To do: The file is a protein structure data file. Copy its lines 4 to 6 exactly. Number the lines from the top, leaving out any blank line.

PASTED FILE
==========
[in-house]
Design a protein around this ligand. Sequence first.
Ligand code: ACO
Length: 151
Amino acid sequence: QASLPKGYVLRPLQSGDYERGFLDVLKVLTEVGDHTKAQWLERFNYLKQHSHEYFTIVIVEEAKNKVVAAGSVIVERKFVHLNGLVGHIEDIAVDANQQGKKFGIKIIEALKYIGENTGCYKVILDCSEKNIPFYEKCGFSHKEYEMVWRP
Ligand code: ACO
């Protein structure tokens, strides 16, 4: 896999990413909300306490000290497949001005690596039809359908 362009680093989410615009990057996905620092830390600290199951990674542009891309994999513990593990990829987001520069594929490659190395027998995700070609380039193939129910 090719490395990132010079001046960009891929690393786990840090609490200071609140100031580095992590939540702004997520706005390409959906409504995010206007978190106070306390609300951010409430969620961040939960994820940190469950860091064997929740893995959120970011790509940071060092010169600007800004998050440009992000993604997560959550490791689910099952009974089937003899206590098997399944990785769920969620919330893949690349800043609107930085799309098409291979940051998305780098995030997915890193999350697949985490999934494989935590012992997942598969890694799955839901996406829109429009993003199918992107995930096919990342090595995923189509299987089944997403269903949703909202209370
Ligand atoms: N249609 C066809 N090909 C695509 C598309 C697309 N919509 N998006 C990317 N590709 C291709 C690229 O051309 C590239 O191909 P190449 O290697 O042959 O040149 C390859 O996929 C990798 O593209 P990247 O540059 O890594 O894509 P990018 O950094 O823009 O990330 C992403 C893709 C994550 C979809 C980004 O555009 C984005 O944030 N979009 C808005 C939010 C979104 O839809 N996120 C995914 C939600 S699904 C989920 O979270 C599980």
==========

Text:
Length: 151
Amino acid sequence: QASLPKGYVLRPLQSGDYERGFLDVLKVLTEVGDHTKAQWLERFNYLKQHSHEYFTIVIVEEAKNKVVAAGSVIVERKFVHLNGLVGHIEDIAVDANQQGKKFGIKIIEALKYIGENTGCYKVILDCSEKNIPFYEKCGFSHKEYEMVWRP
Ligand code: ACO